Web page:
[Date Prev][Date Next][Thread Prev][Thread Next][Date index][Thread index]
Re: st: Calculation of total effects and the significance test of indirect effect
At 02:05 AM 9/30/2004 -0500, you wrote:
The correlation between X and Y can be due to several things: direct
effects, indirect effects, common causes, correlated causes. Estimates of
the total effect of X on Y will differ depending not only on the other vars
in the model, but how you think they are interrelated. For example (hard
to draw diagrams unfortunately!) if you thing A affects B, and A and B
affect C, then B and C are correlated because B affects C and also because
they share a common cause, A. But, if B affects A, and A and B both affect
C, then B and C are correlated because B affects C directly and also
indirectly (through A). Even though your estimates of the direct effects
of A and B on C are the same in either model, your estimates of the total
effect of B on C will differ.
I am writing to ask a few questions regarding the calculation of total
effect = direct effect + indirect effect.
Suppose I am interested in the relationship between X and Y and Z. I also
have demographic variables to consider such age and sex.
1) My first question is,
If I want to calculate the total effect of X on Y, do I have to control
for Age and Sex or not?
In other words, is Rxy the total effect or Rxy.age,sex the total effect?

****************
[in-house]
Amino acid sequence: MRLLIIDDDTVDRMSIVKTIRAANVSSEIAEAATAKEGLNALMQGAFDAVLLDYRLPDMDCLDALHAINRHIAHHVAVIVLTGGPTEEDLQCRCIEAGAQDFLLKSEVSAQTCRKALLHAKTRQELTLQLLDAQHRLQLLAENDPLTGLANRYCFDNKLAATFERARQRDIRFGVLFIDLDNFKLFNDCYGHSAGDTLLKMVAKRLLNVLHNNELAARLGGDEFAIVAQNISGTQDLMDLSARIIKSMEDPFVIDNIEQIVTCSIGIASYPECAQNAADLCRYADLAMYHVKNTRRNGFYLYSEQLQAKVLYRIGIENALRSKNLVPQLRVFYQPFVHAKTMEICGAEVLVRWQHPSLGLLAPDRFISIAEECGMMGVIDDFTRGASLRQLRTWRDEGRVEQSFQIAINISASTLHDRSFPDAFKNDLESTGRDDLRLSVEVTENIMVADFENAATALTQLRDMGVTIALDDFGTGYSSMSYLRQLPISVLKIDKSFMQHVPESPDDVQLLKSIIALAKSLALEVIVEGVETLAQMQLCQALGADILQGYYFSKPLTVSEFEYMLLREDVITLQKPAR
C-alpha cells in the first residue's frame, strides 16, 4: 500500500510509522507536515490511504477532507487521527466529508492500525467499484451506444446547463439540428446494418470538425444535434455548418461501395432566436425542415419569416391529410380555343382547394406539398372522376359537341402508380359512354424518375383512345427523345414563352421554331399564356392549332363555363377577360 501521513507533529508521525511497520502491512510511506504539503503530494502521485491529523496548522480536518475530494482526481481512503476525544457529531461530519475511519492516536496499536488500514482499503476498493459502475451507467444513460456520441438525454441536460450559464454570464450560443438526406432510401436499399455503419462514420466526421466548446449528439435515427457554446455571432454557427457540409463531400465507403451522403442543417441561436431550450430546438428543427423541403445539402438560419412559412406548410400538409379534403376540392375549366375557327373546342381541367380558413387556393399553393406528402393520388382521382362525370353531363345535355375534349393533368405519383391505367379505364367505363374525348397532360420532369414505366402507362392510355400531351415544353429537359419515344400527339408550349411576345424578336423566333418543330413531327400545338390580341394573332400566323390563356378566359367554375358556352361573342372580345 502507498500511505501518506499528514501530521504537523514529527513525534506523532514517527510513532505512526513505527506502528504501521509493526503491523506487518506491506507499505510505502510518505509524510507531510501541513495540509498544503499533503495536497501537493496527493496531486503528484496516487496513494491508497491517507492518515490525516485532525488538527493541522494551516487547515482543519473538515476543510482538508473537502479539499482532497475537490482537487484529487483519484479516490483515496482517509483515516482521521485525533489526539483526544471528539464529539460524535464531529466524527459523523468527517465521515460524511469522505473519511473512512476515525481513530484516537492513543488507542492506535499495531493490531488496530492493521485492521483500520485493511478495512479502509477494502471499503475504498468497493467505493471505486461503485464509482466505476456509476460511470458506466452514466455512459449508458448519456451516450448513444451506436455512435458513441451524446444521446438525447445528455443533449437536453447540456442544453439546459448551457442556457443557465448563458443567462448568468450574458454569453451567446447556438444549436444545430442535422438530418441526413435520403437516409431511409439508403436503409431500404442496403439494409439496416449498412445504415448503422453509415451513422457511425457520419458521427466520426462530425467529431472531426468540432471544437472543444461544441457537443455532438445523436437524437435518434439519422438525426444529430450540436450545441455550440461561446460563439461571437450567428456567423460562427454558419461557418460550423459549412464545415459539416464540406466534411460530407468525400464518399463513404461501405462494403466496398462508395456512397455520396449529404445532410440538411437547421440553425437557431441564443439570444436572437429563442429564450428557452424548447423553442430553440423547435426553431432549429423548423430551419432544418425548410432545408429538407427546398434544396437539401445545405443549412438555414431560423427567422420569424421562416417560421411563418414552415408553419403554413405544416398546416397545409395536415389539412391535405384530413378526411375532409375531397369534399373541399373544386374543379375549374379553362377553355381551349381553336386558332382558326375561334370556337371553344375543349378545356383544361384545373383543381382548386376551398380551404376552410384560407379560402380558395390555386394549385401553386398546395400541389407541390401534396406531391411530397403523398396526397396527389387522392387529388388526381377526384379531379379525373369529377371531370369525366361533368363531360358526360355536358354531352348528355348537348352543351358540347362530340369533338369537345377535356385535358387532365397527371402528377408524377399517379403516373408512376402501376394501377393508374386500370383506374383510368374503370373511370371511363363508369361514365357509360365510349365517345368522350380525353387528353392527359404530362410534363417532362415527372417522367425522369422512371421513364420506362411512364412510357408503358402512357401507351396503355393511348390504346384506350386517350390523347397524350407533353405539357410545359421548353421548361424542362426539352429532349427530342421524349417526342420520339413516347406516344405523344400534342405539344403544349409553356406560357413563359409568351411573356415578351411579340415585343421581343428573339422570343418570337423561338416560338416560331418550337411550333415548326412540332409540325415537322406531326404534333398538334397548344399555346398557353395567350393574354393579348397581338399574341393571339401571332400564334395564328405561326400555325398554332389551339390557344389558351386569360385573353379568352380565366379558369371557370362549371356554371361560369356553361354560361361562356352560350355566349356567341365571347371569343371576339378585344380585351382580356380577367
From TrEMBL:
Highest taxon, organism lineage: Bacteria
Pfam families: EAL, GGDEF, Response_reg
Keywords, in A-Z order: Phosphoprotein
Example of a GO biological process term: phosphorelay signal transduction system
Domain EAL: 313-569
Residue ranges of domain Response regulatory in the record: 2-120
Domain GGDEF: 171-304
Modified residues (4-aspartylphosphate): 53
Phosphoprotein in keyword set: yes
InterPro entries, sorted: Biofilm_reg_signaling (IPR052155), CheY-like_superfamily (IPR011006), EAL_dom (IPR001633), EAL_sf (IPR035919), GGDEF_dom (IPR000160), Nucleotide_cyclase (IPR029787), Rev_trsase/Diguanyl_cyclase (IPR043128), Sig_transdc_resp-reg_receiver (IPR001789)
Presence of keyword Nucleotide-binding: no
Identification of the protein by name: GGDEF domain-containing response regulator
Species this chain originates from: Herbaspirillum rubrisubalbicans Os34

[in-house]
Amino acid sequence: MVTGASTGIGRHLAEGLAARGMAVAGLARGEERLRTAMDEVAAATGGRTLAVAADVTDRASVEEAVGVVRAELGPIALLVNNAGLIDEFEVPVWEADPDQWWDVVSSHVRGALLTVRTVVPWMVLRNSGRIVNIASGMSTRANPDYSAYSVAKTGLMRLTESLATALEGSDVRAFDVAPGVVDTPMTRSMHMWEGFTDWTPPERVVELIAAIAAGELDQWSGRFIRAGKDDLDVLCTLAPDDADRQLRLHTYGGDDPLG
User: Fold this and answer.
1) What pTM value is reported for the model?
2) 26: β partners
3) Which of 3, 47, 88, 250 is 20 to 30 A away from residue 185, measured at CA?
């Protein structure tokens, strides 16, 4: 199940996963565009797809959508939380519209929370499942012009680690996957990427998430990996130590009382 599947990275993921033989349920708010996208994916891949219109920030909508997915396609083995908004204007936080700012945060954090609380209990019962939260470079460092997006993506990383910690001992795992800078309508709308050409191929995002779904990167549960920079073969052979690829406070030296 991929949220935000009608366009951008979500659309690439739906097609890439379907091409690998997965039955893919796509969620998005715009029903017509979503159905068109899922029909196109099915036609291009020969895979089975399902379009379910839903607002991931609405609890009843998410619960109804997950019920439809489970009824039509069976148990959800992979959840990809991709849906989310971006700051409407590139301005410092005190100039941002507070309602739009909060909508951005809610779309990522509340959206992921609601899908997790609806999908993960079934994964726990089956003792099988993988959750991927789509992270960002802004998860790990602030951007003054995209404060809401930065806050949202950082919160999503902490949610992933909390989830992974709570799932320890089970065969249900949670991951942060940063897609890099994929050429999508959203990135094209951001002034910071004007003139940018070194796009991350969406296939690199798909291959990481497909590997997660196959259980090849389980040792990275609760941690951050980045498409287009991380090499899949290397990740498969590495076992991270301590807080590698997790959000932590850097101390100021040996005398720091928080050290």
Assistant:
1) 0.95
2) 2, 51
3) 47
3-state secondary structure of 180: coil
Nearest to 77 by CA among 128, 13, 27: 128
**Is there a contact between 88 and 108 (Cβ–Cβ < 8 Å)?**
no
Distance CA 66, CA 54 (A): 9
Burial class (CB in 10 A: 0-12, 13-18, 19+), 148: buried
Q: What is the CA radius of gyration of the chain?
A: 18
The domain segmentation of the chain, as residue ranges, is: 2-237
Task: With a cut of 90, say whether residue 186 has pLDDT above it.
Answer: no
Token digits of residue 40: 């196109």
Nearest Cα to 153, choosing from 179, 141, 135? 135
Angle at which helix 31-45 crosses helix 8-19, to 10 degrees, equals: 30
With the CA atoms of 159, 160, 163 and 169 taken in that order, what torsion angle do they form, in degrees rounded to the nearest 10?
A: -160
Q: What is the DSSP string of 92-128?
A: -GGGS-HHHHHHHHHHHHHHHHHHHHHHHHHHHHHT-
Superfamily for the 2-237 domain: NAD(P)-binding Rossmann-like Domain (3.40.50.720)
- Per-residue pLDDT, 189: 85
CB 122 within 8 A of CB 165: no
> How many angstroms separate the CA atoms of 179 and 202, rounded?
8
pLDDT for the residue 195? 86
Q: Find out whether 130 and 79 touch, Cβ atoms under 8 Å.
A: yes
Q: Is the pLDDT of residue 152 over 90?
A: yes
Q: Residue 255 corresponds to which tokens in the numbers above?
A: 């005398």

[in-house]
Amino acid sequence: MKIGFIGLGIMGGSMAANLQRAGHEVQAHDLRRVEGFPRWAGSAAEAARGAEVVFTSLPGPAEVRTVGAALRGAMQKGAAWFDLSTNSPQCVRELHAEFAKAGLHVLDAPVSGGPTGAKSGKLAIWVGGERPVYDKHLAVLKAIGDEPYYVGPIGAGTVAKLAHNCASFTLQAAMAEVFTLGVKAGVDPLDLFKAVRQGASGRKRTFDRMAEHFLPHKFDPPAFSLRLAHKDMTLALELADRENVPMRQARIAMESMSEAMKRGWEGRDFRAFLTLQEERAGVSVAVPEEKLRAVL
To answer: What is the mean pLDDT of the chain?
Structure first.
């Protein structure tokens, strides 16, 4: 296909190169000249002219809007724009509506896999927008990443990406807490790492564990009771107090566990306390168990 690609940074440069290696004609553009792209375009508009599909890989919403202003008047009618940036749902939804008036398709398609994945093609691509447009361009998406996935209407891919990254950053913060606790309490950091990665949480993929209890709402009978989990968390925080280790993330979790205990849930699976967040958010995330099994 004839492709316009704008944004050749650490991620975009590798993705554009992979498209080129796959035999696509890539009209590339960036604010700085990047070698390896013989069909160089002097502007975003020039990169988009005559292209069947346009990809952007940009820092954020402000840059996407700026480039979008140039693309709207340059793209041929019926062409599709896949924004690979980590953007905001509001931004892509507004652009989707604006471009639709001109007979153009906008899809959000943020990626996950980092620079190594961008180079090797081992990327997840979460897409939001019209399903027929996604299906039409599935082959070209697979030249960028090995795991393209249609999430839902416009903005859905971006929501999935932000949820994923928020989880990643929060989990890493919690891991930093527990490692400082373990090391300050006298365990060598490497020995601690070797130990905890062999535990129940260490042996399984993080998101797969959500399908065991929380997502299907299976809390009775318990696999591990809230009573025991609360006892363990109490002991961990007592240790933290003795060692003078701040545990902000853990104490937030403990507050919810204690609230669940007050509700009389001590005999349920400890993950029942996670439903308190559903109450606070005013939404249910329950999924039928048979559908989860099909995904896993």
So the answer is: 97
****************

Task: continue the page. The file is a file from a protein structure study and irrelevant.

Turning more specifically to your problem, you'll (a) have omitted variable
bias if you leave out age and sex (b) part of the correlation between X and
Y that is due to common or correlated causes (age and sex) will instead get
attributed to the direct or indirect effects of X on Y.
In short -- if age and sex are theoretically relevant variables, then yes,
they should be in there, and your estimates of the total effects will be
affected by their presence or absence. Given your description, Rxy.age,sex
may be the total effect of X on Y, but again the estimates of total effects
are dependent not only on what vars are in the model but how you think they
are interrelated (e.g. it wouldn't be the total effect if you thought that
Z affects X rather than X affects Z).
2) My second question is,
For a simple model, it is not that hard to do by hand. But, there is a
freebie student edition of Lisrel that might meet your needs:
As far as I know, the SEM package softwares (e.g. Lisrel or Amos)
automatically calculate the direct and indirect effect of included components.
Unfortunately, I now do not use such softwares but just SPSS, and need to
calculate the total, direct and indirect effect between X Z and Y.
I will appreciate it much more if you can suggest any reading materials to
grasp these topics more clearly.
I've always liked Otis Dudley Duncan's book "Introduction to Structural
Equation Models". My adaptation of his arguments can be found at
Richard Williams, Notre Dame Dept of Sociology
OFFICE: (574)631-6668, (574)631-6463
WWW (personal): http://www.nd.edu/~rwilliam
WWW (department): http://www.nd.edu/~soc
* For searches and help try: